I went back to see Mom this afternoon since she asked me to visit during that awful phone call. I said I would. My husband told me I didn’t need to go. We had already had an eventful day, going to Mom’s house and taking care of a few things there, as well as dealing with the stress of having to meet “Jack” and hand over the cat. But since Mom is only 25 minutes away, I decided that I needed to do it for me. So I did and it was a brief but lovely visit. So tonight I can sleep well (barring no pancreas pain) and not worry.

That is the hope anyway.

 

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Broken

I’ve lost track of how many times I’ve started this post. Maybe I shouldn’t write it if I can’t get my thoughts together, but maybe it will help? I don’t know.

My brother, my big brother, my first friend….Phil….died on July 23. To say that I’m heartbroken or to say that my family is devastated does not seem to really say what we’re feeling. I don’t want to speak for them, but any parent who loses a child, whether 2 months old, 14 years or 49…it’s unspeakable, unfathomable. And my brother-in-law lost his partner of nearly a quarter of a century. My brother was the younger of the pair. How does this man, who was with my brother not only throughout the years but through the past few weeks of pain and uncertainty and thankfully with my brother as he took his last breath…how does this man go on without having Phil there to make him laugh every single day?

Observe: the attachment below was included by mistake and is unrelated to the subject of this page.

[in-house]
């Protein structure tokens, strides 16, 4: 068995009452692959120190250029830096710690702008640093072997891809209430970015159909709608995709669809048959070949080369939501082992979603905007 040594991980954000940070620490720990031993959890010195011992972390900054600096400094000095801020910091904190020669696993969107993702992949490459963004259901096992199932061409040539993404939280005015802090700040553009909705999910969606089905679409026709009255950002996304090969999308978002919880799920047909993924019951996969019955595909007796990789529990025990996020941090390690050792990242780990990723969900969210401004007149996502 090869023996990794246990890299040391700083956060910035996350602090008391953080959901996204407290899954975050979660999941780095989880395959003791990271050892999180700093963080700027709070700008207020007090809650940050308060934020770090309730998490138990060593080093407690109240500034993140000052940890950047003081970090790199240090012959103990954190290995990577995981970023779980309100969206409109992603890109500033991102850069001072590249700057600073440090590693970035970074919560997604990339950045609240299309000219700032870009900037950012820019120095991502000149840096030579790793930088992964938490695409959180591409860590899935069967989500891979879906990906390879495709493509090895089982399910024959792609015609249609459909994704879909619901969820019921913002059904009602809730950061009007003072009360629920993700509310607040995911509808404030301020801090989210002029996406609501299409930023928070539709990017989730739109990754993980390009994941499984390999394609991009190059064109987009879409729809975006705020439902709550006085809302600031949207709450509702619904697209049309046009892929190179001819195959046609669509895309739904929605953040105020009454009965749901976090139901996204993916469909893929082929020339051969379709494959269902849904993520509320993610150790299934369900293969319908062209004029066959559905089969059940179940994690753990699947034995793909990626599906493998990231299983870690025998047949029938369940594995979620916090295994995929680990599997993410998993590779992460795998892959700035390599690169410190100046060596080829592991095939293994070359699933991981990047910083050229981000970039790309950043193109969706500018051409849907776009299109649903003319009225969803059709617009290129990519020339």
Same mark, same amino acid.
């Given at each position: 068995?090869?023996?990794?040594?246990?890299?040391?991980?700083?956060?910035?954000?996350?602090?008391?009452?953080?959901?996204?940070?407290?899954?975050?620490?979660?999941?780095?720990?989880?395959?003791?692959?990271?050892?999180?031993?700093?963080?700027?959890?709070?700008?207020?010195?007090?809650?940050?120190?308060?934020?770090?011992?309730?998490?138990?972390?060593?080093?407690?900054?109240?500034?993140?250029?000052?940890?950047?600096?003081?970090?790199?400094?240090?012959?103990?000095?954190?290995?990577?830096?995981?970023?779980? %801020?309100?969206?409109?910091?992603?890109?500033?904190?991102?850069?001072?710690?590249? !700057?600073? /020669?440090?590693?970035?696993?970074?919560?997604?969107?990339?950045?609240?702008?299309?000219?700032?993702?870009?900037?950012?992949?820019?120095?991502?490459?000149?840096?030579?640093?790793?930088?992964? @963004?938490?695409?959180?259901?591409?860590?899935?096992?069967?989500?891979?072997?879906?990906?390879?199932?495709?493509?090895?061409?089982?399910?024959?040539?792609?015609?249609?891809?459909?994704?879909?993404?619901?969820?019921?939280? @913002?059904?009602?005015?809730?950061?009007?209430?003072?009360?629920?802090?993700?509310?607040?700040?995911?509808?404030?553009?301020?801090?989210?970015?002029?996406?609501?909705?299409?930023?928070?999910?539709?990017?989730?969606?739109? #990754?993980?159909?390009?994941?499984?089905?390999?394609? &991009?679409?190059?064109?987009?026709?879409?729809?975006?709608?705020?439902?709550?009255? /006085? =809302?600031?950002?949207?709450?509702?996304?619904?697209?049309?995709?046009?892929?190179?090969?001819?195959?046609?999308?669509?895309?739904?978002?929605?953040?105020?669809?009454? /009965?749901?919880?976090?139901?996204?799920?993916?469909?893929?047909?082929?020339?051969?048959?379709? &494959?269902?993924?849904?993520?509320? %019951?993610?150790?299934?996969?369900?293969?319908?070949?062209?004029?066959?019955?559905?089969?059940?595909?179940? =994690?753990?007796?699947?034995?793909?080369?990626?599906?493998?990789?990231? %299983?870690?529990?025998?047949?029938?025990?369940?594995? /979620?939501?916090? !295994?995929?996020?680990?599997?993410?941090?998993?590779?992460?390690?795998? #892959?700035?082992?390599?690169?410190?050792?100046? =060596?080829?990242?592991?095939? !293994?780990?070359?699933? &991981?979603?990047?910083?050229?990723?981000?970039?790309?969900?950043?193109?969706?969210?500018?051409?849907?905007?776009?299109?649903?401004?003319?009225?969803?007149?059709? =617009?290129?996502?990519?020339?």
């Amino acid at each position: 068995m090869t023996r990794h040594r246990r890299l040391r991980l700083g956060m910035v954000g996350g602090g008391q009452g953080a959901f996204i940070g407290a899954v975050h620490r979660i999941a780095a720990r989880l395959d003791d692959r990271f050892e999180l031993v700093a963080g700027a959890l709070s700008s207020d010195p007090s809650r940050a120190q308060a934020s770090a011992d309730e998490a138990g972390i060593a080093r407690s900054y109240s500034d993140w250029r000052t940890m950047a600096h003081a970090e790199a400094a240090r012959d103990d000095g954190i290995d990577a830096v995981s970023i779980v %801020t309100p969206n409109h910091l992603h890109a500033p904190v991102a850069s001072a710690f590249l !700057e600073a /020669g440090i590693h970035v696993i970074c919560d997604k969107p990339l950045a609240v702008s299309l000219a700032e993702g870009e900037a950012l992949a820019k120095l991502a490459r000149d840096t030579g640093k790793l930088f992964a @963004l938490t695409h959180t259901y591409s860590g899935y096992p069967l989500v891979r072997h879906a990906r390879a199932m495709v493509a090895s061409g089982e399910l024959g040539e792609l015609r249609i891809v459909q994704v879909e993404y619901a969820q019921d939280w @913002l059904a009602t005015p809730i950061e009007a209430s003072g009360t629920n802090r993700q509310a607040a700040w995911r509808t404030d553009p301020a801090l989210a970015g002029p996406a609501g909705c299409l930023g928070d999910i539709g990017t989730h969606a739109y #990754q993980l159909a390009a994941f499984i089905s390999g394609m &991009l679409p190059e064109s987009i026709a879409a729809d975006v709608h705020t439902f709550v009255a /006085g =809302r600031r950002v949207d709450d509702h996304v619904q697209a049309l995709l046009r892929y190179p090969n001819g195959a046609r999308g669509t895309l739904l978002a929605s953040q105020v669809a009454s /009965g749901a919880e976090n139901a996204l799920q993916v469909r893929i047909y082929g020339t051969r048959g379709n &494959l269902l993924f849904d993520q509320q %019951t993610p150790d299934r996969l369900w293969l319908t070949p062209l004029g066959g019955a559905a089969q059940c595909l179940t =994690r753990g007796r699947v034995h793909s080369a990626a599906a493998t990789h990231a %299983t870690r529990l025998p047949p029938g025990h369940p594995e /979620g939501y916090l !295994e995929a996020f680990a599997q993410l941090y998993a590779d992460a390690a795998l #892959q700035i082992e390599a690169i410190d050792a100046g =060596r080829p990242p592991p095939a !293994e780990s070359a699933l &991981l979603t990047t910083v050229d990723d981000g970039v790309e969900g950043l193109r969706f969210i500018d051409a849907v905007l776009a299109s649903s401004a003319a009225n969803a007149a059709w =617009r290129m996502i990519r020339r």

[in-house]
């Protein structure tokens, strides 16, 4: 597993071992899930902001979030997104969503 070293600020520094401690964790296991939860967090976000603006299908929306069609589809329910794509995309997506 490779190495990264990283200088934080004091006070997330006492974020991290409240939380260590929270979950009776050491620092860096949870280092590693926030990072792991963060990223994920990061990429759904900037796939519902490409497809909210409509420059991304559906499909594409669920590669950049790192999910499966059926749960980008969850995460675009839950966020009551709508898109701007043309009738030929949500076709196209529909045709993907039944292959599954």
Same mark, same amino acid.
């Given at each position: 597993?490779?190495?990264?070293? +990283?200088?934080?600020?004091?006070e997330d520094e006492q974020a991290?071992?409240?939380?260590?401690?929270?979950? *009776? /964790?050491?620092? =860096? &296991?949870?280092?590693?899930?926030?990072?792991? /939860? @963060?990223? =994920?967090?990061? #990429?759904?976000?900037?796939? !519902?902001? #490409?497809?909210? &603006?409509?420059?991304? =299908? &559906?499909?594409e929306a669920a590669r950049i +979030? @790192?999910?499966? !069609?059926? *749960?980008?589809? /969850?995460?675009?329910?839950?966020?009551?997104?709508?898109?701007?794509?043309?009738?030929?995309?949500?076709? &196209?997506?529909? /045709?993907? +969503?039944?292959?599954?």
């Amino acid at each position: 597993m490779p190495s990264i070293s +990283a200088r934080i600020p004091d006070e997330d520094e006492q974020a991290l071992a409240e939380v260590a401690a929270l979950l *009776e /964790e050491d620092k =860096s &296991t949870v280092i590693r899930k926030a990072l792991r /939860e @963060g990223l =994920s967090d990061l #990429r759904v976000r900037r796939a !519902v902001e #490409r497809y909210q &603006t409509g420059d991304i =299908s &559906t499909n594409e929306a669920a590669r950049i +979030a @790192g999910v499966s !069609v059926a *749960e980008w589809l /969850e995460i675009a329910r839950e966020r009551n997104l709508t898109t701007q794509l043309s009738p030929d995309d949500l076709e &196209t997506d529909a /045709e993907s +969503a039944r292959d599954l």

How do the rest of us?

If you know me well or if you’ve known me for a long time, you know I looked up (literally and figuratively) to my brother. He was a giant in my life, and being 6’6″, a giant in most people’s lives. He was always naughty, like in a Groucho Marx kind of way. He was incredibly kind, especially to his family and friends. He loved us with everything he had and it showed. I don’t think I realized how good he really was until I saw him with my son.  Watching my brother read to my son or play action figures with him or chase my boy with a squirt gun not only made me happy, but it allowed me to watch another person become completely enamored of my big brother and with good reason.

Phil made us all laugh until we cried. He could find humor in nearly every situation, no matter how dark.  He listened. He was never afraid to be himself and encouraged that in others. Hence the photo.